Subject: Mobile | January 6, 2014 - 03:38 PM | Jeremy Hellstrom
Tagged: win 8.1, Transformer Book Duet, Transformer, TD300, CES 2014, asus, Android
ASUS is really taking the transformer meme to new heights with the new TD300 Transformer Book Duet. Not only can it switch from tablet to notebook with a click of its dock, it can also swap between Android and Win 8.1 with the click of a button and it is fairly probable you have never seen Android run on a Core i7 before. As well the 13.3-inch 1920 x 1080 Full HD IPS touchscreen display has been a rare bird in the mobile market; something we can hope will change during this year though the onboard HD4000 series may struggle in some scenarios. You will also enjoy the onboard storage, a 128GB SSD in the tablet expandable with up to a 64GB Micro SD card with up to a 1TB HDD in the keyboard dock. Pricing info is a bit sparse but the bottom models are a i3 with HD Display @ $599, the i3 with FHD Display @ $699.
Quad-mode, dual-OS laptop and tablet with Instant Switch
ASUS Transformer Book Duet (TD300) is an extremely capable device that is able to function as an Android or Windows 8.1 tablet or notebook. Users can simply switch operating systems with a single push of the Instant Switch button or a virtual key on the tablet.
By offering both operating systems, ASUS provides users the ability to run supported Android applications and a vast array of native Windows applications. Transformer Book Duet features a powerful Intel Core i7 processor with Intel HD graphics and 4G DDR3L 1600 RAM, giving it performance that’s up to twice as fast as existing tablets powered by ARM® processors.
The patented ASUS technology that powers Instant Switch offers many performance and productivity benefits over other dual-OS solutions, such as fast, smooth and seamless switching and the ability to resume each OS from where the user left off. As it does not use OS virtualization, Instant Switch also allows each OS to harness the full power of Intel’s latest processor technology.
ASUS Transformer Book Duet (TD300) delivers striking visuals on its 13.3-inch 1920 x 1080 Full HD IPS touchscreen display. This multi-touch display features sensitivity and responsiveness that exceeds Microsoft’s requirements for Windows 8.1. For audio, it comes with ASUS SonicMaster technology for true-to-life sound through the tablet’s dual speakers. In addition, Transformer Book Duet has a front-facing HD camera with a built-in digital mic for video chats. The tablet display has 128GB of SSD storage that can be supplemented by a 64GB Micro SD card, while the keyboard dock houses up to a 1TB hard disk drive. The dock is also home to USB 3.0 and USB 2.0 ports, a LAN port, and HDMI 1.4 output with 1080p support. In terms of connectivity, ASUS Transformer Book T300 has 802.11ac Wi-Fi and Bluetooth 4.0 with EDR.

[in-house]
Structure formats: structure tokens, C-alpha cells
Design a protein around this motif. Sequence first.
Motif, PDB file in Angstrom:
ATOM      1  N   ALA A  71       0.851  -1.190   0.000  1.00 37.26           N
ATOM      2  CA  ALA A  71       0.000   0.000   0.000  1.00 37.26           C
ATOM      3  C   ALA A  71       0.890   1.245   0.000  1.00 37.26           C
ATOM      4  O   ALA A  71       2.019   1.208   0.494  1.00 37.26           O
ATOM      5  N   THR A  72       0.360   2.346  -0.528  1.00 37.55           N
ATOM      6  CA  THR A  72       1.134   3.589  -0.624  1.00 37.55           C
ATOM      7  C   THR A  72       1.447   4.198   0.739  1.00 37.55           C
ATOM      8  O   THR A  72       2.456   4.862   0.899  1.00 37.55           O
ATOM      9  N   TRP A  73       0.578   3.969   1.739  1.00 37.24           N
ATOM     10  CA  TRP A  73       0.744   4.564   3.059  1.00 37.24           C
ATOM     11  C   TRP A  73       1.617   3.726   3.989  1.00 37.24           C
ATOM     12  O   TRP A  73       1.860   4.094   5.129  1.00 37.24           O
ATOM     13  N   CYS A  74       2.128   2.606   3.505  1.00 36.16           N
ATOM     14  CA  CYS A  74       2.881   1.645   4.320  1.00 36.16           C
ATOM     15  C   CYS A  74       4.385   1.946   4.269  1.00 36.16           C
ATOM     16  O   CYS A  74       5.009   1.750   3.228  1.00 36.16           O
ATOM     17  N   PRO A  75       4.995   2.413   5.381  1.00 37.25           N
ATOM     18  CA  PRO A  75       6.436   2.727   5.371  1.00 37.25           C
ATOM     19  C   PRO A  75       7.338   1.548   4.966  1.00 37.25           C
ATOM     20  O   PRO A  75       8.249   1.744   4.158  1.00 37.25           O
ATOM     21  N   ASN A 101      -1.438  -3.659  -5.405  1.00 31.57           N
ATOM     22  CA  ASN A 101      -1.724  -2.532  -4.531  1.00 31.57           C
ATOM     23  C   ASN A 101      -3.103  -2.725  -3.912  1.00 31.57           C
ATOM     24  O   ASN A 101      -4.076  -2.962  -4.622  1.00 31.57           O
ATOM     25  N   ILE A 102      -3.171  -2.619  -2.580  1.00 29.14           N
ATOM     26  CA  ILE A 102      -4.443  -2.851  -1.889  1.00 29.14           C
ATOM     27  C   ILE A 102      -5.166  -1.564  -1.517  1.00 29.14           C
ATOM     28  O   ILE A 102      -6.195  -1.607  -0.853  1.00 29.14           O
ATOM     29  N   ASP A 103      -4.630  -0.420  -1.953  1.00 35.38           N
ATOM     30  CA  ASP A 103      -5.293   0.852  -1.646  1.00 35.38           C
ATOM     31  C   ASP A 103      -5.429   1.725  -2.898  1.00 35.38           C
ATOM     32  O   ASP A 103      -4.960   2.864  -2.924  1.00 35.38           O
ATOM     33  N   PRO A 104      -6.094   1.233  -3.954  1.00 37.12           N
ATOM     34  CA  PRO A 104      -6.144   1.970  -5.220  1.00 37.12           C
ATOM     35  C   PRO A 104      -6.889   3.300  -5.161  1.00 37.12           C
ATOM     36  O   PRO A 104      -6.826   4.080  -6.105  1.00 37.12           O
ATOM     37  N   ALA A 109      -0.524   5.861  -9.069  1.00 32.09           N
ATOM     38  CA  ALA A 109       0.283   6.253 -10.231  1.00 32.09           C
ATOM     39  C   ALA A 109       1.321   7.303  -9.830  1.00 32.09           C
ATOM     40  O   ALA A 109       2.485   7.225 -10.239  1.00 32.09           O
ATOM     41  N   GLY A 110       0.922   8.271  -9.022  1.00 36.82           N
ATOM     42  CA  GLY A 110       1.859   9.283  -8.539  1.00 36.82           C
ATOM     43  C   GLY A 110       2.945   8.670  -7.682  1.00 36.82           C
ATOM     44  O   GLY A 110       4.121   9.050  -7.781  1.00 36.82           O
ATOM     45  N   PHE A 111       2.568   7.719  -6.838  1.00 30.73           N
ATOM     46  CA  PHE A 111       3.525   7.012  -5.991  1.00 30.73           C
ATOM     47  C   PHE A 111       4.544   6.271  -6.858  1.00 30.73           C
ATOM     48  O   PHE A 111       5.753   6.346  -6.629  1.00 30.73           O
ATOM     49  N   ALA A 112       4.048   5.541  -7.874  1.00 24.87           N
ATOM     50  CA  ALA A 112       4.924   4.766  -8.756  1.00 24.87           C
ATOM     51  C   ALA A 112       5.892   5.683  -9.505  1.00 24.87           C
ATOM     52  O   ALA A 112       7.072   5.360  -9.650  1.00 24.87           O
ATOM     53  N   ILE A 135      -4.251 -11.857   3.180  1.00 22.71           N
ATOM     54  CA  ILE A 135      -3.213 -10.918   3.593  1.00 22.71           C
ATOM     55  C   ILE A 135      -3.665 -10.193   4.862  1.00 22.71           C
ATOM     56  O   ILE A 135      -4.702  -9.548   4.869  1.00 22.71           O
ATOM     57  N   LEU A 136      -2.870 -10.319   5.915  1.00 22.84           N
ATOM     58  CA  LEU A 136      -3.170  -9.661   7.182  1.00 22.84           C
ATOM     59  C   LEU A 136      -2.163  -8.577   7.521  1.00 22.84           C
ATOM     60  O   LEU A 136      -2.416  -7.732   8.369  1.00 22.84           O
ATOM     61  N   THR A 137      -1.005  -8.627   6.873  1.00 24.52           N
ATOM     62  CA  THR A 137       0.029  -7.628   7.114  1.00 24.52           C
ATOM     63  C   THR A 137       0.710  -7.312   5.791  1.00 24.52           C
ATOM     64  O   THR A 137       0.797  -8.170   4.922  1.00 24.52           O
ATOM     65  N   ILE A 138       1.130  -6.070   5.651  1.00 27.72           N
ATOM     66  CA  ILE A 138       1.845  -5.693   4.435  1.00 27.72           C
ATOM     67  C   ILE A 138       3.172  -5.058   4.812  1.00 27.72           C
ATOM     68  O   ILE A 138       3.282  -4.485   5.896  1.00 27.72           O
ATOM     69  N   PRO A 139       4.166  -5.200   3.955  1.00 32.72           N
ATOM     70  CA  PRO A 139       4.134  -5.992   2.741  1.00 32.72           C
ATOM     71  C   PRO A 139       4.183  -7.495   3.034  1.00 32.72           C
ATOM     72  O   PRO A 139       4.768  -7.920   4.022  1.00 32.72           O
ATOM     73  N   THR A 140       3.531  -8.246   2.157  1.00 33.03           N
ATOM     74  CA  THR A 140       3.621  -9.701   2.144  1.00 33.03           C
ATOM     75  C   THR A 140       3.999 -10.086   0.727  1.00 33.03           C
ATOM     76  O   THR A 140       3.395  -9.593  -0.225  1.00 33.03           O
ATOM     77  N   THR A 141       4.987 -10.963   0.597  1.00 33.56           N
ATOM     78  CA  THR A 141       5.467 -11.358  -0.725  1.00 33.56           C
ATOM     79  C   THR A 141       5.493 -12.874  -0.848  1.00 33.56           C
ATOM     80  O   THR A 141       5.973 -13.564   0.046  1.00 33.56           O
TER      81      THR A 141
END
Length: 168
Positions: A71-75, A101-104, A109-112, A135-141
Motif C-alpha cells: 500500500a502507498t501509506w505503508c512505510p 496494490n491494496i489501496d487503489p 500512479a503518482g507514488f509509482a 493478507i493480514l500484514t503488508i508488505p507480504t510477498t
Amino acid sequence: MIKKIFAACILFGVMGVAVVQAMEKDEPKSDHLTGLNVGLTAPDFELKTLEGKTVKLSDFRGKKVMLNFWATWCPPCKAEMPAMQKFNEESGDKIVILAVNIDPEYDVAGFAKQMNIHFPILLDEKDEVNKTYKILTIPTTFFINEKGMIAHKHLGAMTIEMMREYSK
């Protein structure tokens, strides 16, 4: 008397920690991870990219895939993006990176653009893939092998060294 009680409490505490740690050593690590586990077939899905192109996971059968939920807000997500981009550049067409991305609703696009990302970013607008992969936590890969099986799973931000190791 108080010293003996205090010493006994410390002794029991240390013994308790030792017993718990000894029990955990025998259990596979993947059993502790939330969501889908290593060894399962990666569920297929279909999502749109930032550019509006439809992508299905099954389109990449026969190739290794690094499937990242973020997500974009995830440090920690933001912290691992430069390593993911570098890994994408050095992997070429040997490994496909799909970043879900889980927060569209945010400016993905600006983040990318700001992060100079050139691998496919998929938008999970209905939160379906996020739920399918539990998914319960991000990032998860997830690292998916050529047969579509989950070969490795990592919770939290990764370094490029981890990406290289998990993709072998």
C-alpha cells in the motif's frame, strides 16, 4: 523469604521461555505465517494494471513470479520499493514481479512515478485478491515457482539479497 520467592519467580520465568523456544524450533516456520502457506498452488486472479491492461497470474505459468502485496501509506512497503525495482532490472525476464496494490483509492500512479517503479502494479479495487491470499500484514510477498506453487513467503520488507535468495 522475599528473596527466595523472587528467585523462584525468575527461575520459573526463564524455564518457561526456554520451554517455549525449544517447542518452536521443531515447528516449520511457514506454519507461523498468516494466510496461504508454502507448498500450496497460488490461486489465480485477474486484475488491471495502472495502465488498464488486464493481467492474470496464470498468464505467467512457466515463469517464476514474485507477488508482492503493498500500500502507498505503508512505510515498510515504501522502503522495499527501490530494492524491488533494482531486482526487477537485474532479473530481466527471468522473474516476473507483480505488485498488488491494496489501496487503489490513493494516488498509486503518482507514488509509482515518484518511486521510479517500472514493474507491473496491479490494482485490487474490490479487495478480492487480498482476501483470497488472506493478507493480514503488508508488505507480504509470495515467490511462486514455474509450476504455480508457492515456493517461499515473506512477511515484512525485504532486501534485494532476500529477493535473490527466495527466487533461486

ASUS Transformer Book Duet sports the same stylish concentric-circle finish found in other ASUS offerings. The Transformer Book Duet has compact dimensions, with the tablet measuring 342.7 x 216.3 x 12.9mm; and the dock measuring 340.9 x 217.6 x 16mm. Together, they weigh around 1.9kg, making it supremely portable and flexible for those on the go.
Transformer Book Duet TD300
- Dual-OS - Windows 8.1 Standard / Android 4.2.2
- 13.3-inch Full HD IPS multi-touch display
- Up to Intel Core i7 processor
- 4GB DDR3L 1600 RAM
- Up to 128GB SSD in Tablet
- Up to 1TB HDD in Dock
- 38WHr battery, estimated battery life around 5 hours in Windows 8.1 and 6 hours in Android 4.2.2.
- 802.11ac Wi-Fi; Bluetooth 4.0 + EDR
- Tablet ports: Micro SD card, Headphone jack, DC jack
- Keyboard dock ports: 1 x USB 3.0, 2 x USB 2.0, 10/100Mbit/s LAN, HDMI 1.4, audio combo jack, DC jack
Follow all of our coverage of the show at http://pcper.com/ces!
Subject: Mobile | September 4, 2013 - 11:30 AM | Ryan Shrout
Tagged: z2760, transformer book trio, Transformer, ifa 2013, haswell, atom, asus
You want to hear about maybe the craziest device announcement you'll see all year? ASUS just unveiled the Transformer Book Trio, a device they are dubbing a "three-in-one" that combines hardware from the Haswell architecture and an Atom Z2760 SoC to offer up a tablet, notebook and even a DESKTOP experience.
The Transformer Book Trio is a detachable ultraportable notebook at a glance with a top portion that can be removed and becomes an 11.6-in, 1920x1080 IPS multi-touch screen based Android tablet powered by the Intel Atom Z2760 dual-core Clover Trail platform. It includes 64GB of on-board flash storage.
When the display is docked to the keyboard the Trio can switch instantly between a Windows 8 and Android environment by pressing a single key. Data is even shared between the two units via the tablet's 64GB of flash storage.